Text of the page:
It was in the weird modernist section that I clocked the face (and body) of someone familiar. Tex Perkins. Australina Rock Legend Sex God!!! I took a sharp intake of breath and hurried of to find Simon who verrified it was actually him. We had read that Beasts of Bourbon are playing around Spain this month. Shaking too much to be brave enough to approach him myself I got Simon to do my dirty work. He approached introduced himself which allowed me to nervously smile and shake his hand too. I'm not washing for a week! Looked at some other stuff after that but can cause I was too excited about Tex. So a dissapointing start to Bilbao but a bloody fantastic end!

Donostia or San Sebastian

We had a fantastic time in Donostia, a lovely town on the Basque coast. Arriving on a train in the early morning drizzle wasn't ideal, but things quickly got better. After a short rest, we headed into the old town and stuffed ourselves on amazing Pintxos (tapas), hopping from bar to bar. Donostia is great for this as each bar has different specialties, and it's accepted that you hop from bar to bar. Cidra (cider) is served in a uniquely Basque way, poured as far from the glass so as to aerate the drink as much as possible, and no more than about two centimetres poured per serve to keep it fresh.

The sun came out in the afternoon so we found some beers and crisps and headed to the beach. To our surprise, Tor and Hannah who we'd met at one of writer Peter Moore's events, were there on the beach! We ended up spending the evening hanging out with them, doing the bar hop and Pintxos thing.

After Tor and Hannah had left, Holly and I wandered around town and were on our last beer when we heard a Basque choir singing and went to watch. Holly asked someone to explain the songs to her, and we landed in with a group including a couple consisting of a Basque woman who speaks English in a cross of Edinburgh and Belfast accents and a Basque speaking guy from Belfast. We chatted away and they dragged us off to a few more bars, including one frequented by Basque seperatists, complete with pictures of political prisoners. Great fun.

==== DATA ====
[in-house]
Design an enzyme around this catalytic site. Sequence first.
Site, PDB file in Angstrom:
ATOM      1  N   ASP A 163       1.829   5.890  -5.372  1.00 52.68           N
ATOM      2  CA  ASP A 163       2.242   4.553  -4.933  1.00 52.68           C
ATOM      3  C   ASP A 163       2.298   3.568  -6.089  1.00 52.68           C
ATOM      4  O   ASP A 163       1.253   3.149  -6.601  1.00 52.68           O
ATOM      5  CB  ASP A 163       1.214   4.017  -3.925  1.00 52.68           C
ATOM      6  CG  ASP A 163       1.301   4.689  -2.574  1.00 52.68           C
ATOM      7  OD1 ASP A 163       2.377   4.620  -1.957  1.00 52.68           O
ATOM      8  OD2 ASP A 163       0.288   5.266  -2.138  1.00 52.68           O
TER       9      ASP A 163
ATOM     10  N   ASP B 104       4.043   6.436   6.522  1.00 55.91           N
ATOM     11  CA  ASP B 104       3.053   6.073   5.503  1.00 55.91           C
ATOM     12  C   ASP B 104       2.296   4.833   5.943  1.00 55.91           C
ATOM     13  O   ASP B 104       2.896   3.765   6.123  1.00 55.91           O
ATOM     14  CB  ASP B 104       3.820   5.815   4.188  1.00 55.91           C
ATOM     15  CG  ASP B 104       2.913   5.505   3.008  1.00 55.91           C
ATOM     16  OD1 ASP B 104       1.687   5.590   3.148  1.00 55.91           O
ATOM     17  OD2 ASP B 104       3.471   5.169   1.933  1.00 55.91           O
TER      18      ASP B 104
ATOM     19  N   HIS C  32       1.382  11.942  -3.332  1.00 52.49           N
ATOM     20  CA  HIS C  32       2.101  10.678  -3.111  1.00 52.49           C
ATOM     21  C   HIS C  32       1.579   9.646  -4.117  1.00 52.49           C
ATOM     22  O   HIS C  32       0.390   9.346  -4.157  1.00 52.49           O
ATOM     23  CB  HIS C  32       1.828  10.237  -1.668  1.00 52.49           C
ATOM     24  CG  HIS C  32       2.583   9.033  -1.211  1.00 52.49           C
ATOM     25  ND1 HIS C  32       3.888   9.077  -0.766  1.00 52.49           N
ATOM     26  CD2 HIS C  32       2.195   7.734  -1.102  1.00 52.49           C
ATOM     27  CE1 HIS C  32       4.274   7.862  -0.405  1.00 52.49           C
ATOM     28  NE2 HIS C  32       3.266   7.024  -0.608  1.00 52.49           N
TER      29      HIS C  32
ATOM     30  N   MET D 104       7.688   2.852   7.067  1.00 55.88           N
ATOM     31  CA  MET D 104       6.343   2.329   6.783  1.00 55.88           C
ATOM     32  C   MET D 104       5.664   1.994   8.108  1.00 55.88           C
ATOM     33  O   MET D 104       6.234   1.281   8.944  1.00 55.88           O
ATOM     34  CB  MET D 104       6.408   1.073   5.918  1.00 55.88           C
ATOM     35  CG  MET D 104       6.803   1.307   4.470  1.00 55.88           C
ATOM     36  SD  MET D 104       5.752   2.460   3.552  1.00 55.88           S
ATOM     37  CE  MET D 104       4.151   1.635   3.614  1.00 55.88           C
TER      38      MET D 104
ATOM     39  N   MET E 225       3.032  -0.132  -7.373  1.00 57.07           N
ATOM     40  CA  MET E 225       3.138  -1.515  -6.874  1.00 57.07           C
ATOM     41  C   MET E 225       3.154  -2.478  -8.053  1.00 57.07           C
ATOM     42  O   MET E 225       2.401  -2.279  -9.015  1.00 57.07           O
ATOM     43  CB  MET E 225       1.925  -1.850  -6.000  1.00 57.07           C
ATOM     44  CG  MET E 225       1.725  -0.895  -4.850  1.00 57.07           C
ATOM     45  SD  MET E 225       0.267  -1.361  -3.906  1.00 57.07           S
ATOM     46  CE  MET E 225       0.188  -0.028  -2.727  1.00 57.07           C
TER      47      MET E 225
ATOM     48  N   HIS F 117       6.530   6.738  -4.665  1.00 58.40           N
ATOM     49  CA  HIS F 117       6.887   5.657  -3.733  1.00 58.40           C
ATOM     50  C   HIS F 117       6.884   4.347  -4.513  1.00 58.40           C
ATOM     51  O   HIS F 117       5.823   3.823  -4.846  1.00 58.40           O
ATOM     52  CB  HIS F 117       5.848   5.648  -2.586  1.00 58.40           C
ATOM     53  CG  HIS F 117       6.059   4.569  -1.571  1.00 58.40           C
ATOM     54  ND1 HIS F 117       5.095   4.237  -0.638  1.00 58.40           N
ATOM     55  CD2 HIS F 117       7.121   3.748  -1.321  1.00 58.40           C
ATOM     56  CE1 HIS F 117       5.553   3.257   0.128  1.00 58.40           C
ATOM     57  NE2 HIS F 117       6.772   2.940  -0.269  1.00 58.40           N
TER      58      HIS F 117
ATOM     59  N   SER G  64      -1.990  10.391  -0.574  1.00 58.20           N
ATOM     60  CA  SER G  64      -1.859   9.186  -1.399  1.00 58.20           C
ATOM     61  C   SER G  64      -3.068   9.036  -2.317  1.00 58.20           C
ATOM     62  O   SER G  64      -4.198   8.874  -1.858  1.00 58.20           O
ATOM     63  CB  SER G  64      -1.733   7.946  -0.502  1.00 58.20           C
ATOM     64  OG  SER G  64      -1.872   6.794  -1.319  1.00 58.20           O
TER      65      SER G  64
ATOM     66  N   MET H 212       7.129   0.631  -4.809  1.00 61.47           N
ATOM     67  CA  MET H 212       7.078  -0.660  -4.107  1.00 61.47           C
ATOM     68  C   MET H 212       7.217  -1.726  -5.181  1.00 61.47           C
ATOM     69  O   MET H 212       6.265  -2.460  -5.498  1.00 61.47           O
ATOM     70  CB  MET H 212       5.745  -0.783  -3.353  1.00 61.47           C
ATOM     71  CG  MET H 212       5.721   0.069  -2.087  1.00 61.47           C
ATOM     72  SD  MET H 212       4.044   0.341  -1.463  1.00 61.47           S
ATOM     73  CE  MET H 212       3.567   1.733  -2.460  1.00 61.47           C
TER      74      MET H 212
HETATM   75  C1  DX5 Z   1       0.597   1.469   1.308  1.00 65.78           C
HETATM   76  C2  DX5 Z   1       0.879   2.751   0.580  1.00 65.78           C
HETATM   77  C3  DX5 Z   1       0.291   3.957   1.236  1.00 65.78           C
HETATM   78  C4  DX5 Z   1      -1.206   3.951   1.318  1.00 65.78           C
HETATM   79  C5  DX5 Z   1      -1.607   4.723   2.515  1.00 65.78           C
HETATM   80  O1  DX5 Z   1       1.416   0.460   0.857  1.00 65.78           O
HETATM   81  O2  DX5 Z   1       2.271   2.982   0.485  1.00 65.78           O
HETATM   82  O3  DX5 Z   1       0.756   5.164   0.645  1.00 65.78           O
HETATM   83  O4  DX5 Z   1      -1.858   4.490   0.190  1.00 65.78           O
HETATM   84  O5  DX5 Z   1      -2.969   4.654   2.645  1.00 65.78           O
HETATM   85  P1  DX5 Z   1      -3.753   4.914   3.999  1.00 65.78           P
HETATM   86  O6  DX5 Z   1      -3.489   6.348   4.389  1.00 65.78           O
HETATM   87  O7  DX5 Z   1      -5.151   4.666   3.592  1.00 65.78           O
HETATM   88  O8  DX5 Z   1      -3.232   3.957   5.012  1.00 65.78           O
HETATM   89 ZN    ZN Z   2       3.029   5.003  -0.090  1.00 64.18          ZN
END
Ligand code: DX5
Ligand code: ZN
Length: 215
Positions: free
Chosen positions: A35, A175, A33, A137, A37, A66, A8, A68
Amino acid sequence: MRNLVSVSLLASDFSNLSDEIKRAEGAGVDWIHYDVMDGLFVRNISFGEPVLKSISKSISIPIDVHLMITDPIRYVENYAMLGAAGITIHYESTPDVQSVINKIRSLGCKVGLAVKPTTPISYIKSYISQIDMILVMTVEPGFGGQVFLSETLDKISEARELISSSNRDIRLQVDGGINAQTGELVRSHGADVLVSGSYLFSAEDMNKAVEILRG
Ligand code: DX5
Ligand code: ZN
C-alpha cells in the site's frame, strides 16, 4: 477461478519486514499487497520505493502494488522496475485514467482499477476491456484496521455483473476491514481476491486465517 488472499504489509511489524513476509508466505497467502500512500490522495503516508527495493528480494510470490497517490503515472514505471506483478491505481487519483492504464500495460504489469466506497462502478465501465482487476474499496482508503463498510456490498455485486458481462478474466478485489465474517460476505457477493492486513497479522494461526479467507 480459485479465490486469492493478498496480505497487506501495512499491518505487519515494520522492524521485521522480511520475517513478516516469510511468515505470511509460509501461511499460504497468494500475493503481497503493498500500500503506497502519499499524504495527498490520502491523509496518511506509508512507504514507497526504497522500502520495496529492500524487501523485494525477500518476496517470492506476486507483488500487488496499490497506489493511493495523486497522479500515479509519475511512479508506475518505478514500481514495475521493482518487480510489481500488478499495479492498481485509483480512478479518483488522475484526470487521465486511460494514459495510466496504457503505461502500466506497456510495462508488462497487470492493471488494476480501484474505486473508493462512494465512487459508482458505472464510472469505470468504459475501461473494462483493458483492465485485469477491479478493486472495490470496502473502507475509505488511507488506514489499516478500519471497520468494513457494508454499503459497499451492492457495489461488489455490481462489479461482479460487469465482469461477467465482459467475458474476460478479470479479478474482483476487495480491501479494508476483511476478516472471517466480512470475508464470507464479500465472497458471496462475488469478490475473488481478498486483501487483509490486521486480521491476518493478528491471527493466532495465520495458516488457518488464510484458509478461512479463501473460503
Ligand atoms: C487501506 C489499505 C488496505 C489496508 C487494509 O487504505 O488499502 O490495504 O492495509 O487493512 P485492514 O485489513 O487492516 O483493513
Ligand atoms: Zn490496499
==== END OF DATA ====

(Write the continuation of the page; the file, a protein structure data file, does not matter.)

The following day, still nursing a hangover, we met up with our new friends to go out to one of the amazing cider barns they have in the Basque country. Here you get a stack of brilliant food and all the sidra you can drink, pouring and drinking in the typical Basque way to ensure maximum aeration.

So Donostia, great place. I highly recommend it! Thanks to Mark and Maite, thanks for showing us around.

Catalan Food

Posting this from Bilbao but need to get it out before I forget it all.

We had a fantastic food experience in Barcelona. Lots of tasty tapas stuff, but the place that really shined was off the beaten track and we discovered only late at night. We had some excellent sardines, a first for Holly, and spicy potatoes. It was so good we went back for more.

The second night, we went for the daily special, which turned out to be a meat mountain. Chops, morcilla which is black pudding, ribs, sausages, roasted peppers. Incredible. There should be a picture in our photos, which I would link to except this keyboard has none of the keys in the place marked and no way of changing keyboard layout to something sane.

One of the great things they do is Catalan bread. Toasted bread is served with a garlic clove and tomatoes. You slive the garlic and tomato in half and rub the bread in garlic. Then you smear the tomato over the top. Beatiful!

Finally uploaded some photos

We caught the overnight train from Barcelona to San Sebastian last night. Slept in our six-berth sleeper, which was quite pleasant.

We've finally found an Internet cafe we can upload photos from. They're still going up but you can see them here